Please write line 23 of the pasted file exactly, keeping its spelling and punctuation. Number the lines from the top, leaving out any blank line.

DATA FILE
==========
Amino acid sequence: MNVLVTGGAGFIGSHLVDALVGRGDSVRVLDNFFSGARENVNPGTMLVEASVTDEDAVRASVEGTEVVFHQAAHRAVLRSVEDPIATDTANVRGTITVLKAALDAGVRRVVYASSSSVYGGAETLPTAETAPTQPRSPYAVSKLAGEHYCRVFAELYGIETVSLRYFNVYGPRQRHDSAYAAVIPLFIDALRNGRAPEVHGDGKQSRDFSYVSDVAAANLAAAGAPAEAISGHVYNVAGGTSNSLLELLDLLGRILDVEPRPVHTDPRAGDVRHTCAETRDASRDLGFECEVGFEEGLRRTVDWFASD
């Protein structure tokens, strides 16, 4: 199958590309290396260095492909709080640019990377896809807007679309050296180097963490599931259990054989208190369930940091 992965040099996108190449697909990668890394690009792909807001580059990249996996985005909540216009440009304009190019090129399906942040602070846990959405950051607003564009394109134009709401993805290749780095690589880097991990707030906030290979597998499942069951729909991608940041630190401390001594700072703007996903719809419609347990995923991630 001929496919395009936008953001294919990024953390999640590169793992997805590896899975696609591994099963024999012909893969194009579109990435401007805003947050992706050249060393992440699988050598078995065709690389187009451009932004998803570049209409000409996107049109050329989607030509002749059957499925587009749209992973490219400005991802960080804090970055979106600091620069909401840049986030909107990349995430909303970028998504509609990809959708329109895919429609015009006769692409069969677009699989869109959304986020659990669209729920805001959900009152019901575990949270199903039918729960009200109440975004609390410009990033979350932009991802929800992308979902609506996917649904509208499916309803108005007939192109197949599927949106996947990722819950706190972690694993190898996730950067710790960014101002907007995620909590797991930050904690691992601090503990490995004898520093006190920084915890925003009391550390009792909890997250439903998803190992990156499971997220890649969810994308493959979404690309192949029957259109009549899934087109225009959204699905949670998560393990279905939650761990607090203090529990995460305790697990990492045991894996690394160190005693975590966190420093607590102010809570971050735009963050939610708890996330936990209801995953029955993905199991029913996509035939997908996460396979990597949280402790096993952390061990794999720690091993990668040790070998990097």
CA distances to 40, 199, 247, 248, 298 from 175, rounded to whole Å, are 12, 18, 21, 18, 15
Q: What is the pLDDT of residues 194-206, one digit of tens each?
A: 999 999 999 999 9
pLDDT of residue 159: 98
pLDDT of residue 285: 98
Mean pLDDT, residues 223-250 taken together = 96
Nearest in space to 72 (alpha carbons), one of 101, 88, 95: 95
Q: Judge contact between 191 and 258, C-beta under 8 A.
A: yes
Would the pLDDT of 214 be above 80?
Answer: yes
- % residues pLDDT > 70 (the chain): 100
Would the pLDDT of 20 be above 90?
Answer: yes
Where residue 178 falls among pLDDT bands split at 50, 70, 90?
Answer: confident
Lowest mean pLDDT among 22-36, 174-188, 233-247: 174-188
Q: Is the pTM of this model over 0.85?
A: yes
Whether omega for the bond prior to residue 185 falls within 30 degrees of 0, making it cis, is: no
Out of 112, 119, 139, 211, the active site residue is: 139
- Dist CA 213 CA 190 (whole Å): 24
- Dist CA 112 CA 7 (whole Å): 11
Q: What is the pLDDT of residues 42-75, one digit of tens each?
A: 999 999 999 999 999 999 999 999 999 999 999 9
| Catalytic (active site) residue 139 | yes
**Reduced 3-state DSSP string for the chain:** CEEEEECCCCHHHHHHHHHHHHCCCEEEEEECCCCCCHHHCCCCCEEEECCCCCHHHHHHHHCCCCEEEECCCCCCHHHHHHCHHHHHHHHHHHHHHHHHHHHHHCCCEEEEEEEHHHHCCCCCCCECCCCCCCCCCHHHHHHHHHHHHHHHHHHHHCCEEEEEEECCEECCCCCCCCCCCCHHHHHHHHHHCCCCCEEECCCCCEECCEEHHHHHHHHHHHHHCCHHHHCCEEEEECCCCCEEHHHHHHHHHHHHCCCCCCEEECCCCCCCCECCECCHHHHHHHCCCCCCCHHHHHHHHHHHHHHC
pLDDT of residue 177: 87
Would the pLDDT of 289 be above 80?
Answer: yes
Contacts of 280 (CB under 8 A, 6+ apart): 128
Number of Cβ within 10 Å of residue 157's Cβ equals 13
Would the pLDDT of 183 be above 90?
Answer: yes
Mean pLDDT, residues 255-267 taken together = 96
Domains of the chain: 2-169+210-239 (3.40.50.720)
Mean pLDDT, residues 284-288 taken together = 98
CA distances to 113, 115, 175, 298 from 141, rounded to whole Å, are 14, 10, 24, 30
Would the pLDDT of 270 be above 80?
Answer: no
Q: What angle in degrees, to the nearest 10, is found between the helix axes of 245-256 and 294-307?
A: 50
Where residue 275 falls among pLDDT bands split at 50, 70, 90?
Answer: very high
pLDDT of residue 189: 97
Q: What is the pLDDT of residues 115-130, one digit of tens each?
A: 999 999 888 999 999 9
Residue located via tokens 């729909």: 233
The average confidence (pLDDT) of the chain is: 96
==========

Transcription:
Out of 112, 119, 139, 211, the active site residue is: 139